In embodiments described, the sensor element 160 detects “non-contact induced instabilities”, “onset” of contact and contact by monitoring air bearing resonance modes of the slider body. Detection of the air bearing resonance modes is a more sensitive method for head-disc contact detection or detection of fly height instabilities.
Typically for an AlTiC slider body, vibration modes or structural modes have a characteristic frequency range of 0.80-4 MHz. For slider structural modes to get excited during head-disc contact events, the strain energy dissipated in such events must be high which generally requires high levels of interference between the head and the disc.
In contrast, the sensor element 160 or sensor of the present invention is configured to detect low frequency excitation of air bearing resonance modes. The low intensity contact events, which would not normally lead to excitation of the slider structural modes will cause air bearing (dynamic fly) instabilities. Monitoring of air bearing mode excitation constitutes a more sensitive approach to head-disc contact or fly height instability detection.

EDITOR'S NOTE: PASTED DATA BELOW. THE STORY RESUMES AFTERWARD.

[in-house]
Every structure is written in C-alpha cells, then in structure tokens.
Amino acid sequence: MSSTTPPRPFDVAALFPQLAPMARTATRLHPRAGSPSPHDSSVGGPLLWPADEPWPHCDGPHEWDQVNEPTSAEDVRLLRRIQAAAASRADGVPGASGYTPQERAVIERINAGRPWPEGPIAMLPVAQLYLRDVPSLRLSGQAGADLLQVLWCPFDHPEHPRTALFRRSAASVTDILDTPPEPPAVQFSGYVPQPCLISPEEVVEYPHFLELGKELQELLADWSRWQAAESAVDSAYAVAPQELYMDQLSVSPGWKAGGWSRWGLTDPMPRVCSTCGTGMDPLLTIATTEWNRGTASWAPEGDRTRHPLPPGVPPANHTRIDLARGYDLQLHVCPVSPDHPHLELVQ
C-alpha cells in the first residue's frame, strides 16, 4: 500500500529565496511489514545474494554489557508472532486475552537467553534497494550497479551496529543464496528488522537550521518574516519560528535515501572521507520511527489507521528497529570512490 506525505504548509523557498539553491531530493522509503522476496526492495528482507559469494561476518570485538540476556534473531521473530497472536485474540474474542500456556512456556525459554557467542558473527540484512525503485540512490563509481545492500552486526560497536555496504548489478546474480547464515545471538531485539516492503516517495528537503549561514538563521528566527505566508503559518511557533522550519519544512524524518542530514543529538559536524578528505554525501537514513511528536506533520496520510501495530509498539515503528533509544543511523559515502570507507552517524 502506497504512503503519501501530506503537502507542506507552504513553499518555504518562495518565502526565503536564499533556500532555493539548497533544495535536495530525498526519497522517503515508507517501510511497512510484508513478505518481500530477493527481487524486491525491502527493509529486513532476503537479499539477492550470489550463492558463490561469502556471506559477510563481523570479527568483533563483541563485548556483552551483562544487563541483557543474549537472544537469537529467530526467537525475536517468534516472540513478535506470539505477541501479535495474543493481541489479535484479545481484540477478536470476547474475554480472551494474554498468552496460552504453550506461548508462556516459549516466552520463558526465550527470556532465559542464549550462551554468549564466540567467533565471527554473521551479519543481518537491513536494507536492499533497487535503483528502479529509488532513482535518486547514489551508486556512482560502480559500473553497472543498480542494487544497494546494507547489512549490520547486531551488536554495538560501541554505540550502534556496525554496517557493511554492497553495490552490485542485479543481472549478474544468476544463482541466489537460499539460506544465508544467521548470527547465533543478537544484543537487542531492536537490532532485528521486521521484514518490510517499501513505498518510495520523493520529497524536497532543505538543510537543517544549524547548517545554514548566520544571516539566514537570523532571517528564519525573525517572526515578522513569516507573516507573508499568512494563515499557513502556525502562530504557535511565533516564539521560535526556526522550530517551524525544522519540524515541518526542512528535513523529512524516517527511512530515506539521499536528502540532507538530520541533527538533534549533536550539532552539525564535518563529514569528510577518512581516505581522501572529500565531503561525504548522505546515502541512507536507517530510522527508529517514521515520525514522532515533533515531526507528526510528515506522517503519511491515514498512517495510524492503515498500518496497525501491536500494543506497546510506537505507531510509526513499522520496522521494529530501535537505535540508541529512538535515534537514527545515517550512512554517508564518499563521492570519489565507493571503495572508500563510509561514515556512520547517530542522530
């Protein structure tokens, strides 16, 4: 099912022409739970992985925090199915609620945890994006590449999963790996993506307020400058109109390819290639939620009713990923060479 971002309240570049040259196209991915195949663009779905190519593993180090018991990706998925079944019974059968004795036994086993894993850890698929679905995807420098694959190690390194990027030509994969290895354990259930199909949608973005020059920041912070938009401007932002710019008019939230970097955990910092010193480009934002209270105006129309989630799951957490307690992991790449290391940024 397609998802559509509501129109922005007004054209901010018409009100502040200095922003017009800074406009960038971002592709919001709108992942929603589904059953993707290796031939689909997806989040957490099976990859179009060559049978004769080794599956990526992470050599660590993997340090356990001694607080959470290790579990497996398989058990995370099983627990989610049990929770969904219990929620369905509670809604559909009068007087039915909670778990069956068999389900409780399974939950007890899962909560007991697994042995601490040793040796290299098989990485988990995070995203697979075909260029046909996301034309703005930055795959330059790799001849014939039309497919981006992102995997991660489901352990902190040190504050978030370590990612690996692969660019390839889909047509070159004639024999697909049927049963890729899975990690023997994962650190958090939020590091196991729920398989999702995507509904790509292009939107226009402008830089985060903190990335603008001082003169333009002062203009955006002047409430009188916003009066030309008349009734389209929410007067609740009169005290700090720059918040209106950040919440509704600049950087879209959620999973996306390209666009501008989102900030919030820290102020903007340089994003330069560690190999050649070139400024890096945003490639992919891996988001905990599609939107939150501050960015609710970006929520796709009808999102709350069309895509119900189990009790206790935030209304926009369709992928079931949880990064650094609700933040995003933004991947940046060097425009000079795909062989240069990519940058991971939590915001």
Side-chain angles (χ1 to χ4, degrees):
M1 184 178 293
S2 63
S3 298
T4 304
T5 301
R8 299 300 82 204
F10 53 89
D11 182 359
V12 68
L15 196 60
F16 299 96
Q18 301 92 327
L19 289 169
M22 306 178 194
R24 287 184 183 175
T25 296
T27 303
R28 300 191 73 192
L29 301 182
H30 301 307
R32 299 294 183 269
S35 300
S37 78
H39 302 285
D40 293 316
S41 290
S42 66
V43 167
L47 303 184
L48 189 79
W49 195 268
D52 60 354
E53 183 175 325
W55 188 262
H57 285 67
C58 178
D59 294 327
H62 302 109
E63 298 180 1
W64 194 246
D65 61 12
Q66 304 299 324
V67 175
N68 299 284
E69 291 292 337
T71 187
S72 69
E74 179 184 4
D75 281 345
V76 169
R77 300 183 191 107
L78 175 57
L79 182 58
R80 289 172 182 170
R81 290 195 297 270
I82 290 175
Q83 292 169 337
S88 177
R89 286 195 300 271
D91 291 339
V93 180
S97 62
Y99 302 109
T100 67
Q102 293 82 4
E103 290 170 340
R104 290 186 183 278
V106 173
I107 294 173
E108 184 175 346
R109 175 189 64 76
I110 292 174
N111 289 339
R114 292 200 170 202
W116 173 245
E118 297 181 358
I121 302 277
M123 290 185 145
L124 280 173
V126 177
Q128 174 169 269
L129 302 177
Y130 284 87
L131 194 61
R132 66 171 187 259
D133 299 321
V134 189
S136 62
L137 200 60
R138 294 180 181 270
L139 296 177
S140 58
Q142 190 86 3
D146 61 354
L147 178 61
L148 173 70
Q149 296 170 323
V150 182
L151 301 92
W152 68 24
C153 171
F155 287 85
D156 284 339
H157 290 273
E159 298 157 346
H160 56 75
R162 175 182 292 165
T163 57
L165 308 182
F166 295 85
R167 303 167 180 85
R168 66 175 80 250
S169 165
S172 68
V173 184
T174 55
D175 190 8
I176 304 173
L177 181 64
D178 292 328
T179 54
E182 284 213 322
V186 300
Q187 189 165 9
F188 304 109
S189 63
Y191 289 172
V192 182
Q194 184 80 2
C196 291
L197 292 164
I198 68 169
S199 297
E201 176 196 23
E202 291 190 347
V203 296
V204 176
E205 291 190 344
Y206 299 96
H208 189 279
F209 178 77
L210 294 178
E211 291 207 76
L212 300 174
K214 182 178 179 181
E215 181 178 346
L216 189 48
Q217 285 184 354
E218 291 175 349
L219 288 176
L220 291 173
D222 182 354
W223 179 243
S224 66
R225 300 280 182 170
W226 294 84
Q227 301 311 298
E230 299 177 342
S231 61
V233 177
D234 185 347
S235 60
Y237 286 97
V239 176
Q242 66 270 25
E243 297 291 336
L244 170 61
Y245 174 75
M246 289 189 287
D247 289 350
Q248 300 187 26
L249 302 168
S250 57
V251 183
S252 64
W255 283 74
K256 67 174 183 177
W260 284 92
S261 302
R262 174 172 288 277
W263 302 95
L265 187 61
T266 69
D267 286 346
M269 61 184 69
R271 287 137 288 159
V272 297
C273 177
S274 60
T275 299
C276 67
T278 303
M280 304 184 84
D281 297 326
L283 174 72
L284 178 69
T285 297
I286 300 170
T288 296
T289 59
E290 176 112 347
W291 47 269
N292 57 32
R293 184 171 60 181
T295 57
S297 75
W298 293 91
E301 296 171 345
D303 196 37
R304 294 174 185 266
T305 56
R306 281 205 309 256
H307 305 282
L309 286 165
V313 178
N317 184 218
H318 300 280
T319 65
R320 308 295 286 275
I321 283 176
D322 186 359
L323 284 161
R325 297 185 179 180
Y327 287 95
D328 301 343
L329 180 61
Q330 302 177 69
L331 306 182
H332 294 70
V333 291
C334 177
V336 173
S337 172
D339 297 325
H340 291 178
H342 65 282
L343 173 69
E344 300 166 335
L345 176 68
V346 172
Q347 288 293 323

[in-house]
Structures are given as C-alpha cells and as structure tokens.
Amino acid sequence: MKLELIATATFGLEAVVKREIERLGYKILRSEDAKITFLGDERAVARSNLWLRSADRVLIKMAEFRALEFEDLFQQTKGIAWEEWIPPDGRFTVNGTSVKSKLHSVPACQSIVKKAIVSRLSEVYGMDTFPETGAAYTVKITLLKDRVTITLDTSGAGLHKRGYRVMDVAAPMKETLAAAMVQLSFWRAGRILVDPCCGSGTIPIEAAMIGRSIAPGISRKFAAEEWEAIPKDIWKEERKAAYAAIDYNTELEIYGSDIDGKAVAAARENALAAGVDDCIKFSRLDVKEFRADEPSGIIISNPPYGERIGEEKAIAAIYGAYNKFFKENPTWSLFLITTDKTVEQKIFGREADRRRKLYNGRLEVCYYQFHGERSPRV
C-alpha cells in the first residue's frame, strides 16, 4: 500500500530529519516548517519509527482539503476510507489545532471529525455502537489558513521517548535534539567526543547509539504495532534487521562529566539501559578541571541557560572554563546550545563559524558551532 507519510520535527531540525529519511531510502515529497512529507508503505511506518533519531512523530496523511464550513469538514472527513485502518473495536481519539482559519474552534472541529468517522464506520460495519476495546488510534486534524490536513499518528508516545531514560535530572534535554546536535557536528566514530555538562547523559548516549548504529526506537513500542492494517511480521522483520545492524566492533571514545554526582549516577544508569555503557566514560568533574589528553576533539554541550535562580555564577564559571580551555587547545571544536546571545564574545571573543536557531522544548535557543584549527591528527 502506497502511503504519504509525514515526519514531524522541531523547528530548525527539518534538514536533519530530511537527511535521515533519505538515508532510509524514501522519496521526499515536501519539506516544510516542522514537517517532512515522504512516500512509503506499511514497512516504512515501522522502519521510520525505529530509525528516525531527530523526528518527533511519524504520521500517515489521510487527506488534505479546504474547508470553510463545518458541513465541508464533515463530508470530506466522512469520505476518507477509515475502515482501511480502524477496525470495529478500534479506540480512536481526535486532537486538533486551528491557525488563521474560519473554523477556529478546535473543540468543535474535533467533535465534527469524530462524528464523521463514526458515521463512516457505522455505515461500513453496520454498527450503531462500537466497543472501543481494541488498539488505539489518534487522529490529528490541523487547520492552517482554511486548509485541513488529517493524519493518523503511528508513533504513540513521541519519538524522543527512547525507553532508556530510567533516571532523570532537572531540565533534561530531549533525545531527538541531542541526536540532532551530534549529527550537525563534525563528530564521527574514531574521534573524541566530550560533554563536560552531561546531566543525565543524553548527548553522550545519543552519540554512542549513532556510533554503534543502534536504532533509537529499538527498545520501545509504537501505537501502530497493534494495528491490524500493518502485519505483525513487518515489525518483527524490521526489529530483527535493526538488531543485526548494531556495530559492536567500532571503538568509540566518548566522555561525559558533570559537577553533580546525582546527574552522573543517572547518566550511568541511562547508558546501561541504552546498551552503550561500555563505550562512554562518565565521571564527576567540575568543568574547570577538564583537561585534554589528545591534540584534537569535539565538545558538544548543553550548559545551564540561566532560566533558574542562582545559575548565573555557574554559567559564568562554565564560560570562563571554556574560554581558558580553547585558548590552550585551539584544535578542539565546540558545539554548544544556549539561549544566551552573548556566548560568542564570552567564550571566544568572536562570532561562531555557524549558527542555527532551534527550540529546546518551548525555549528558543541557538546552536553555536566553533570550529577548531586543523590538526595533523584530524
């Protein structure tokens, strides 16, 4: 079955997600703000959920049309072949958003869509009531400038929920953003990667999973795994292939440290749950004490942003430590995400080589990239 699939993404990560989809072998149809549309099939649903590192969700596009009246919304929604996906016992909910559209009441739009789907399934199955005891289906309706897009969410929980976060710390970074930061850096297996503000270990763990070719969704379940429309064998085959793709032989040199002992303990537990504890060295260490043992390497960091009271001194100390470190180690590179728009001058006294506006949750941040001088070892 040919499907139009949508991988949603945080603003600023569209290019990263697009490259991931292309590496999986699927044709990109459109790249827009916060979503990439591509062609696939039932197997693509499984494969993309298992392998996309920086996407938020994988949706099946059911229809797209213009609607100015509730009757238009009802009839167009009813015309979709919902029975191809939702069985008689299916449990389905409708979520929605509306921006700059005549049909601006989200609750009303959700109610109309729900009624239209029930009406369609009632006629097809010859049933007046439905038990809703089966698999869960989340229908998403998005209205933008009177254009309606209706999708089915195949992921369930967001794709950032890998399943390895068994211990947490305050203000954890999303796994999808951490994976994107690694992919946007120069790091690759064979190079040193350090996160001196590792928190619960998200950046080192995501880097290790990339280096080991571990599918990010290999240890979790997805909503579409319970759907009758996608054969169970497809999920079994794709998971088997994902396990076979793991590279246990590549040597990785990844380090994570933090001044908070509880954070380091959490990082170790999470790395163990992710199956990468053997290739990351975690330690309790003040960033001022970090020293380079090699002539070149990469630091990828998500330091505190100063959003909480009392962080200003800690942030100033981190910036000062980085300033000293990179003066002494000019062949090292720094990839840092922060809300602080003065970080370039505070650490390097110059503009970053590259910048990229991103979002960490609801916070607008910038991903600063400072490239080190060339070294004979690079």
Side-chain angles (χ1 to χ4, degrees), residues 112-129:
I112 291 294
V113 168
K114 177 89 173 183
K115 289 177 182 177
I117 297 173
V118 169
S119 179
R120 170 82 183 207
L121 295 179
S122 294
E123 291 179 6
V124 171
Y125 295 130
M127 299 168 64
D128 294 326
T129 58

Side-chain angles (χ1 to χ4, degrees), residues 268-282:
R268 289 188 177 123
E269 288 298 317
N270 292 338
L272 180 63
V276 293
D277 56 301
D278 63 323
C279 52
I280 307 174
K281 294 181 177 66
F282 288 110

The sensor element or sensor of the present invention detects air bearing resonant modes in a frequency range below 1.0 MHz or 0.8 MHz or below 500 kHz, and preferably in a frequency range of approximately 100 kHz to 400 kHz. The low frequency excitation of the slider or head assembly is detected using a sensor element having a relatively low resonant frequency or by configuring sensor circuitry (not shown in
A base coat 176 is deposited over the sensor element 160-1 and the transducer element or elements 148 are fabricated over or proximate to the base coat 176 by known fabrication techniques. As described, the sensor element 160-1 is positioned proximate to the transducer element or elements 148 at the trailing edge 134 of the slider body to provide desired detection sensitivity for detecting non-contact induced instabilities, “onset of contact” or low level interference. In the embodiment shown, vias 178 for leads can be etched in the base coat 176 to provide an electrical connection to control or detection circuitry (not shown in
In one embodiment, sensor layer 172 is formed of a piezoelectric material, ferroelectric material or material sensitive to acoustic emission. For example, suitable materials for the thin film sensor layer (shown in